What gets a group of geeks to hang out at a bar late on a school night? Wizardfest! On November 5th, Pop-Up Party Tours and Southport Hall in Jefferson hosted a “Harry Potter” themed “pop up wizarding experience” for fans of the popular book and movie series.
Southport Hall looks fairly unassuming; a large, dark, cabin looking building off River Road across from the levee. The parking lot wasn’t full, and there wasn’t any activity going on outside or people hanging around the door. Was this the right place? Inside, however, were people dressed in red, green, blue, and yellow Hogwarts colors, and others dressed up as “Harry Potter” characters and creatures. This was definitely the right place.
After receiving a small gift bag full of themed treats like a rubber bracelet, a Wizardfest koozie, and candy (no Bertie Bott’s Every Flavor Beans, though) wizards and witches got to pick out their own wands, which proudly sported Hogwarts house colors (mine was yellow and black for Hufflepuff, or black and gold for New Orleans’ Saints? Who Dat LeviOsa!). This wasn’t one of the larger, film-accurate wands that could be bought online or at The Wizarding World of Harry Potter—it was a simple handcrafted wooden stick decorated with sparkling hot glue, which actually makes it all the more unique.
The trivia contest was starting soon, so everyone prepared at their table while drinking the specialty drinks offered by Southport Hall. They had drinks like ButterBeer, Polyjuice Potion, and even Unicorn Blood (I stuck with the ButterBeer). They discussed each question with their team, racking their brains to come up with answers to some of the harder questions (who was Harry’s first kiss?! Cho Chang? Ginny? Moaning Myrtle?). The winning team was dressed in their own Hogwarts house colors and called themselves the Golden Snitches (though “snitches” was replaced by innuendo).
After trivia, the wizards and witches headed to the dance floor and I had the chance to speak with fellow fans about what they loved about Harry Potter. “The stories are fun and nostalgic,” says Laine, dressed as a Slytherin student and sitting next to her friend dressed as Volde- uh, You Know Who. “It was the best reading experience of my life!”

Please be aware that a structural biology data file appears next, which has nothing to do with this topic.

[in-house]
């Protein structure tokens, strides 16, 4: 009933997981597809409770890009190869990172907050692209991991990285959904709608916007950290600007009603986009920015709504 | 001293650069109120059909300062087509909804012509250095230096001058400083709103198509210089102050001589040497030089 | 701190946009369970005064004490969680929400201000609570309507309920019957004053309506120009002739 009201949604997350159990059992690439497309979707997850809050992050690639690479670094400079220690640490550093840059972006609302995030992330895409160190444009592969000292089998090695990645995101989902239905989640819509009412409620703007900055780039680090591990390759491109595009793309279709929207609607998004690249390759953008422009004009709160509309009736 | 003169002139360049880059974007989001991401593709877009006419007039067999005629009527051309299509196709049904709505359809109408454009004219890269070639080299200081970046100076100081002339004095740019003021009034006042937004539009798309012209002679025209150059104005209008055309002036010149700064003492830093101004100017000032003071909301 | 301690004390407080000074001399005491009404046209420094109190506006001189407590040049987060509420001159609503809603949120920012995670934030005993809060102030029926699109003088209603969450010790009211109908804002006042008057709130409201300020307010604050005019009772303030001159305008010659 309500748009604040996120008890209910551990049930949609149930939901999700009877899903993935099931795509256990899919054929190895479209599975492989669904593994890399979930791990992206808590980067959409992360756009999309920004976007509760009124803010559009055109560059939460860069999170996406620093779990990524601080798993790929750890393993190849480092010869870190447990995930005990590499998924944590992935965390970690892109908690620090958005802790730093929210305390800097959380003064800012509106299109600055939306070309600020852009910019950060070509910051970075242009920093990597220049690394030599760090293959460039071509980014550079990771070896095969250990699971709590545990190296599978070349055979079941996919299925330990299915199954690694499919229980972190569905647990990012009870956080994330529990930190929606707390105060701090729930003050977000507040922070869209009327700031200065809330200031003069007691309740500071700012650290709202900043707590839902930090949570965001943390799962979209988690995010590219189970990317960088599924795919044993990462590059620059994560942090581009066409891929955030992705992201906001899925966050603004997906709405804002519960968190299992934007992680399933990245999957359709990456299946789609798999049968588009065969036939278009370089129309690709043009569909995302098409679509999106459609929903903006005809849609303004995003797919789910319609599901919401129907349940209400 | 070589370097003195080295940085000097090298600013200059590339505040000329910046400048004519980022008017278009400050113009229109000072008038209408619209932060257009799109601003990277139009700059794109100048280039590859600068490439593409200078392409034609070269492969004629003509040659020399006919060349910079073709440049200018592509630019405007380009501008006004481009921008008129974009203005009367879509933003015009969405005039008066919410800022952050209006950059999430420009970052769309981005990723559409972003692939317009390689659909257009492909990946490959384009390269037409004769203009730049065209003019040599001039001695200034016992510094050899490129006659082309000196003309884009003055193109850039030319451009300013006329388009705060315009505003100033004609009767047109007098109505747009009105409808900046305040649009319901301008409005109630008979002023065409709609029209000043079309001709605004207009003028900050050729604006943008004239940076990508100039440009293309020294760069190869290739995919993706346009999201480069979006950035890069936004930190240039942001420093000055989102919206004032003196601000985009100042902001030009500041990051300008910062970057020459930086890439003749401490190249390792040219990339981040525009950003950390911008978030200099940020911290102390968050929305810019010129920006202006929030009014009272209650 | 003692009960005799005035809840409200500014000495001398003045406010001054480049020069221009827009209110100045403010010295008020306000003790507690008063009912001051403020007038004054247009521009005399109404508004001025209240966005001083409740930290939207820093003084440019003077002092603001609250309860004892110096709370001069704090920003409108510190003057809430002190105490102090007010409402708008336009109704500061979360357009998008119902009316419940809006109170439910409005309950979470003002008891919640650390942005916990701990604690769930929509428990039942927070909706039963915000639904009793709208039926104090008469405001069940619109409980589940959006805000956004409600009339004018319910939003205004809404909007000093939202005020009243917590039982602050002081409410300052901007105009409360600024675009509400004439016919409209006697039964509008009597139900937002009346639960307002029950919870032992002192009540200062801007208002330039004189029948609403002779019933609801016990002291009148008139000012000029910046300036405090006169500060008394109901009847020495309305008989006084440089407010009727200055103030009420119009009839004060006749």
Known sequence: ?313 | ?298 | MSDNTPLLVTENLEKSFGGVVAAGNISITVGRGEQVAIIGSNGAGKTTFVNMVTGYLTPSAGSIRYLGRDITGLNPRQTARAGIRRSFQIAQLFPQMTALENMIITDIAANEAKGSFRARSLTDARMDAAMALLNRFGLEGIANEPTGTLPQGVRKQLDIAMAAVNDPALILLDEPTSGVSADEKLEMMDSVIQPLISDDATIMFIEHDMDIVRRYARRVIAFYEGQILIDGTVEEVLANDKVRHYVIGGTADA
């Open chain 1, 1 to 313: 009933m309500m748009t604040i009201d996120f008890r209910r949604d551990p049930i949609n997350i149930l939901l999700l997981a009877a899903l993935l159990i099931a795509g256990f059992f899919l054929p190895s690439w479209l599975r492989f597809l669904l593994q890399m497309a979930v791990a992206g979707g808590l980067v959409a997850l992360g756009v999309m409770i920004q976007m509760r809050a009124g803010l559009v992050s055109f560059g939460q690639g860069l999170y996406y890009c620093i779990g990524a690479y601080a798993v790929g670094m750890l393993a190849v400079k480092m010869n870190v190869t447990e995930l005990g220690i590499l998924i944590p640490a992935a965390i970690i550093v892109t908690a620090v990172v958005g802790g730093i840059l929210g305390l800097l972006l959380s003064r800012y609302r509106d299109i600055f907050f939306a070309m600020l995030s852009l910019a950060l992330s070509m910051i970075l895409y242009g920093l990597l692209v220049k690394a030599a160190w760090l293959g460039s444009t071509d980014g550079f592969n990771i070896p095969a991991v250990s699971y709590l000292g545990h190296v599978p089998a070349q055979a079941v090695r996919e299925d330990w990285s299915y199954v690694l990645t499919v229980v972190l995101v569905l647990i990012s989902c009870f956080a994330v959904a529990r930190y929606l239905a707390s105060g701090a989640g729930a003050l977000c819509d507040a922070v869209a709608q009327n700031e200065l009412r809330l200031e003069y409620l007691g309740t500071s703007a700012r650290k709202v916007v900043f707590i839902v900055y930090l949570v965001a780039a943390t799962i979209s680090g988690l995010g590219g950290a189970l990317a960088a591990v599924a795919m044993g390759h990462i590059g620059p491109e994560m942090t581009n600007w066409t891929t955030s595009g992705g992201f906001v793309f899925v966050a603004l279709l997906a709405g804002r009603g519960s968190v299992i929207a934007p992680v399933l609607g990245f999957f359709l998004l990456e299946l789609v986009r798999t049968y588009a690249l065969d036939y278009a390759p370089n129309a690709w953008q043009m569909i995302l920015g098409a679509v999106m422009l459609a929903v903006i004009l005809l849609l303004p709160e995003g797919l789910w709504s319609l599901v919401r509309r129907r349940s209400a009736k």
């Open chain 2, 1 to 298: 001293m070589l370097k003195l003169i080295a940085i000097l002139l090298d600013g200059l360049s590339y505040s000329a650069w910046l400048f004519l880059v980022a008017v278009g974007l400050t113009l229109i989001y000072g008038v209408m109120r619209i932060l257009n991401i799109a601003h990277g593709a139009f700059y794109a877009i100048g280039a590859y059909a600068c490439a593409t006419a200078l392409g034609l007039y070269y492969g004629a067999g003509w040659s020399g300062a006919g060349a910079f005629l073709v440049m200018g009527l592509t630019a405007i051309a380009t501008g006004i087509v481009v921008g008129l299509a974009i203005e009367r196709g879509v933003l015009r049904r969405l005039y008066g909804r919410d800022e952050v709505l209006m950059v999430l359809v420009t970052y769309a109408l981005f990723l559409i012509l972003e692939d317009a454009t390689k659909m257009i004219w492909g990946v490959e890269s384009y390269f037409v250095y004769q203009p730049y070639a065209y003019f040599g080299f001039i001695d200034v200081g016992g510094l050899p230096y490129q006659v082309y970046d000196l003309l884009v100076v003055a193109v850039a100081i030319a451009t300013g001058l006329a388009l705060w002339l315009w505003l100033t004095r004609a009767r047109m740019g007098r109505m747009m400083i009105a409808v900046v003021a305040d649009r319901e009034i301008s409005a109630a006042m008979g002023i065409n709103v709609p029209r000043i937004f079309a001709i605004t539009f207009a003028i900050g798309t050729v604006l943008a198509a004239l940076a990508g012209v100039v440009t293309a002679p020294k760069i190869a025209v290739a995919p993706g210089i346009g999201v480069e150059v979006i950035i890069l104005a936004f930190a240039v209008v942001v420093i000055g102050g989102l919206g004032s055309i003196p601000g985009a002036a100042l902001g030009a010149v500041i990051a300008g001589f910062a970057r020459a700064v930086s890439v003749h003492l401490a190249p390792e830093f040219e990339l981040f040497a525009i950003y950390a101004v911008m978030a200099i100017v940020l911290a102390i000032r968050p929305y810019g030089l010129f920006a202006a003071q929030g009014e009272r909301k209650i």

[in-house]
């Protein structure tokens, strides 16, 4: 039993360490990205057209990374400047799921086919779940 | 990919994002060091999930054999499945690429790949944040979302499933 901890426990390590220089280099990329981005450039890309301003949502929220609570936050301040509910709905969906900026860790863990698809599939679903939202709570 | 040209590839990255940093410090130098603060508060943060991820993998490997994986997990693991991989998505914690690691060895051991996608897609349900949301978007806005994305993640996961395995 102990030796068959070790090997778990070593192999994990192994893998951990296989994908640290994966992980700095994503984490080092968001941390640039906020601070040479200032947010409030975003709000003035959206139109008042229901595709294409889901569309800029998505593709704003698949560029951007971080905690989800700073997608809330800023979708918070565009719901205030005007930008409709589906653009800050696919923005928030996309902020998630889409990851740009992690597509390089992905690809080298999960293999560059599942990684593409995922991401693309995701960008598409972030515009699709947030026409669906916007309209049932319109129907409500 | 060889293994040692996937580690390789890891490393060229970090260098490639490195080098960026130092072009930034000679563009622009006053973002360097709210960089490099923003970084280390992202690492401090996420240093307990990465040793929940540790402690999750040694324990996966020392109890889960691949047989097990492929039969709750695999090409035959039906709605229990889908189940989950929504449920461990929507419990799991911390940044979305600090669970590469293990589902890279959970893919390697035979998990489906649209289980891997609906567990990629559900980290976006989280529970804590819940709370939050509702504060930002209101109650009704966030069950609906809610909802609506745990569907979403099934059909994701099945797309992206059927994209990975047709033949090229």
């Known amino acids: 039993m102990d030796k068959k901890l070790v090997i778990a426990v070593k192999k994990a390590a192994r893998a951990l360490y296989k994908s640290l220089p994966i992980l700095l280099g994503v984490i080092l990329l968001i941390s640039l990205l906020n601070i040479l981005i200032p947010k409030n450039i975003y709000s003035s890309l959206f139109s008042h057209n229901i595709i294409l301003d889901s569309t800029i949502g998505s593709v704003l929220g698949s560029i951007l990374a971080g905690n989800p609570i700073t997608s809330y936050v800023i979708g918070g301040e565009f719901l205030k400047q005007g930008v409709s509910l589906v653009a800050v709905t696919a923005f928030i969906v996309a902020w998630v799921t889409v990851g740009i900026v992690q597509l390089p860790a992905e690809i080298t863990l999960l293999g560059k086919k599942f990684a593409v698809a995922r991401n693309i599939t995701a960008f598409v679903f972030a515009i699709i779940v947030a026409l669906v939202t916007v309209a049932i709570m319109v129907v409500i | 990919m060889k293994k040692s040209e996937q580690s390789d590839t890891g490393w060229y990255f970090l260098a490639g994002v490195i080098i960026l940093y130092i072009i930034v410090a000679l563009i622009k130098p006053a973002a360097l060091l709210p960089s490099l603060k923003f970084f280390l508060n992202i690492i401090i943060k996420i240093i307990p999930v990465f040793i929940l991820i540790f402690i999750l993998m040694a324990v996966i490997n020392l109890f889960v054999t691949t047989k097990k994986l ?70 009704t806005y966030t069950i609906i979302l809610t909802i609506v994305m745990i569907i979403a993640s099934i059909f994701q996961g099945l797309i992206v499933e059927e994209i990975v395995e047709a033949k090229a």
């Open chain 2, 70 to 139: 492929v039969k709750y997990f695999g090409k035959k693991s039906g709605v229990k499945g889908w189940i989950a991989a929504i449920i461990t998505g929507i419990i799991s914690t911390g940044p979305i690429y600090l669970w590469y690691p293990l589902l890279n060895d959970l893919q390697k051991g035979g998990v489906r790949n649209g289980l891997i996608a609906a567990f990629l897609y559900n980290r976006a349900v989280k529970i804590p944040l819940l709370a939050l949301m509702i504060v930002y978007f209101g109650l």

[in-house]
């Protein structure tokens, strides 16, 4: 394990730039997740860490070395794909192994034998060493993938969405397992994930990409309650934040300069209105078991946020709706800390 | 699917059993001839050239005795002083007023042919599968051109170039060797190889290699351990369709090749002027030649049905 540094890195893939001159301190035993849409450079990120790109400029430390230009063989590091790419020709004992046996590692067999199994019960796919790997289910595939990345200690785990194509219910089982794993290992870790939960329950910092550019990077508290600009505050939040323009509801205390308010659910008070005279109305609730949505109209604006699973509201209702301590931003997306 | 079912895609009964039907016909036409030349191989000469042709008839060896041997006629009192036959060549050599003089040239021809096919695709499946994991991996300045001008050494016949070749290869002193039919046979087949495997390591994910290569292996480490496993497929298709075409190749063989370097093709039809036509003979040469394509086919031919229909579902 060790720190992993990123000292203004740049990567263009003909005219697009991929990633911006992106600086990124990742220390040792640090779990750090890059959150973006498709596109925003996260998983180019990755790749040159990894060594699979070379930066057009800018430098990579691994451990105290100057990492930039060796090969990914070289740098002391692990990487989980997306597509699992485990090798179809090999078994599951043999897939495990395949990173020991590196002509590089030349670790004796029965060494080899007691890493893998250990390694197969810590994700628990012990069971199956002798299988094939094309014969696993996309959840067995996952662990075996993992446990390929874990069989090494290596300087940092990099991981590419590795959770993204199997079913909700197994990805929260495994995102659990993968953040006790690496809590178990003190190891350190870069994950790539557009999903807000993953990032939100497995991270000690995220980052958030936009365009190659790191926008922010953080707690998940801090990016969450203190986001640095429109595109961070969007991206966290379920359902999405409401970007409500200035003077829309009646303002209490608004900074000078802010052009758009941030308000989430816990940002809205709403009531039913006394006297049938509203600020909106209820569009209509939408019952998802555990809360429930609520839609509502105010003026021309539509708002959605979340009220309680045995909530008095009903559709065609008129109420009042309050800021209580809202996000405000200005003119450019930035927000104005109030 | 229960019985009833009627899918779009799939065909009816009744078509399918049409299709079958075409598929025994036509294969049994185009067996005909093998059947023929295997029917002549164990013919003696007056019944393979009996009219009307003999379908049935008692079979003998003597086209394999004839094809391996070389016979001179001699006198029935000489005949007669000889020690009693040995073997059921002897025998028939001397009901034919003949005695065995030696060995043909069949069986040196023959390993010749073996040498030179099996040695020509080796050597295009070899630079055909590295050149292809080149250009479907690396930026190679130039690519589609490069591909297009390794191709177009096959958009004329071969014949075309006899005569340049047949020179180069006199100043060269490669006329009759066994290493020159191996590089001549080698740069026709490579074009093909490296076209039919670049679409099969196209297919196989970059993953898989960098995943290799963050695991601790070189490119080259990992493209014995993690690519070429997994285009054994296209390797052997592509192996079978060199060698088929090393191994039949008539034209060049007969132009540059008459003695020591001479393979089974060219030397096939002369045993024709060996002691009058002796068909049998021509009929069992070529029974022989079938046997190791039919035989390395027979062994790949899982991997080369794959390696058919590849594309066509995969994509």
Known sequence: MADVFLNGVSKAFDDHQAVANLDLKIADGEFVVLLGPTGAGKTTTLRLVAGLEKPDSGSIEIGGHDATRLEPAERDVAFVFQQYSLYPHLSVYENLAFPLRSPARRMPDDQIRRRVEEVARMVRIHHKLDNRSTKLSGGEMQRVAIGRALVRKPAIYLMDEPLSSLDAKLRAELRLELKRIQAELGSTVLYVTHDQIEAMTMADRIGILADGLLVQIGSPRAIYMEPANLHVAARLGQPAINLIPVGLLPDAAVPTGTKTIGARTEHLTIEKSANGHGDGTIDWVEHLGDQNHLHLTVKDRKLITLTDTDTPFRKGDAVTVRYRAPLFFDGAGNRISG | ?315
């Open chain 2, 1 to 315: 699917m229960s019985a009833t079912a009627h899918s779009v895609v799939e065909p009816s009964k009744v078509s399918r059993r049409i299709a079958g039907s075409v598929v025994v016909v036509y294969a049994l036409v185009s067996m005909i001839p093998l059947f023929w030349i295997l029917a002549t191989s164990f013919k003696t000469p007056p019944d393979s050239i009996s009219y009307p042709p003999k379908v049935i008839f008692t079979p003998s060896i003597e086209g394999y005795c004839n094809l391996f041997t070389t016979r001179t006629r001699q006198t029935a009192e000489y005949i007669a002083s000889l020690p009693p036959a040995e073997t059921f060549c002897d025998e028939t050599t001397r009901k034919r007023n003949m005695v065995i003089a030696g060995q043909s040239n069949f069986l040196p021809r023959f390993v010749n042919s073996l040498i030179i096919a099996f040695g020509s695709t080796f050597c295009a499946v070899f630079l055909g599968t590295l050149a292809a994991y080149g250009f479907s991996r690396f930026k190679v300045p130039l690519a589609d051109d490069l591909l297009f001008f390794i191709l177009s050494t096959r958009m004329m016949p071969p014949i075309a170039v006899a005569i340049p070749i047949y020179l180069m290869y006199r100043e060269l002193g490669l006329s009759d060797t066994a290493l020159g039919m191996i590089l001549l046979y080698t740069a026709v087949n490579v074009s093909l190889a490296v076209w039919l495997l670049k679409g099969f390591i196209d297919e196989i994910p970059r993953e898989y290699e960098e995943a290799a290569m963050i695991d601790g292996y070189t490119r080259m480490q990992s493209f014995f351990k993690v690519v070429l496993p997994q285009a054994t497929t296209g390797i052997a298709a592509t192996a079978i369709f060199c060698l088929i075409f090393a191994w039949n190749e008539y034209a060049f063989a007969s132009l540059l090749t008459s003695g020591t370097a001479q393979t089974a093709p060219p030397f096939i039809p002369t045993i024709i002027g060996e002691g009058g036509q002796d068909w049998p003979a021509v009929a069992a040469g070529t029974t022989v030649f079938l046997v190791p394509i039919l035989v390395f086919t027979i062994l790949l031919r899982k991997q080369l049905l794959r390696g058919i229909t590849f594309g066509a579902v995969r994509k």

“I’m holding out hope that dragons are real,” says Kate, fellow Harry Potter fan and zookeeper at the Audubon Institute. “I basically want Hagrid’s job.”
For me, I grew up with Harry Potter. When Harry was 11, so was I, and I felt a strong connection to the character and the things he dealt with: mean teachers, bullies, making friends, and just finding where you belong. Even going back now 10 years after the final book, “Harry Potter and the Deathly Hallows,” was released, I’m amazed at how relevant the story remains and how it brings back that connection I felt when I was younger. Though, I do find myself yelling at Harry more and more (go find an adult!).
Everyone has their reasons for loving “Harry Potter,” from just enjoying good books, to dreaming of taking care of dragons. Wizardfest may have been a small event, but it brought together fans of the books and movies to share and celebrate their fandom. Hopefully, the party didn’t keep the Muggles up too late.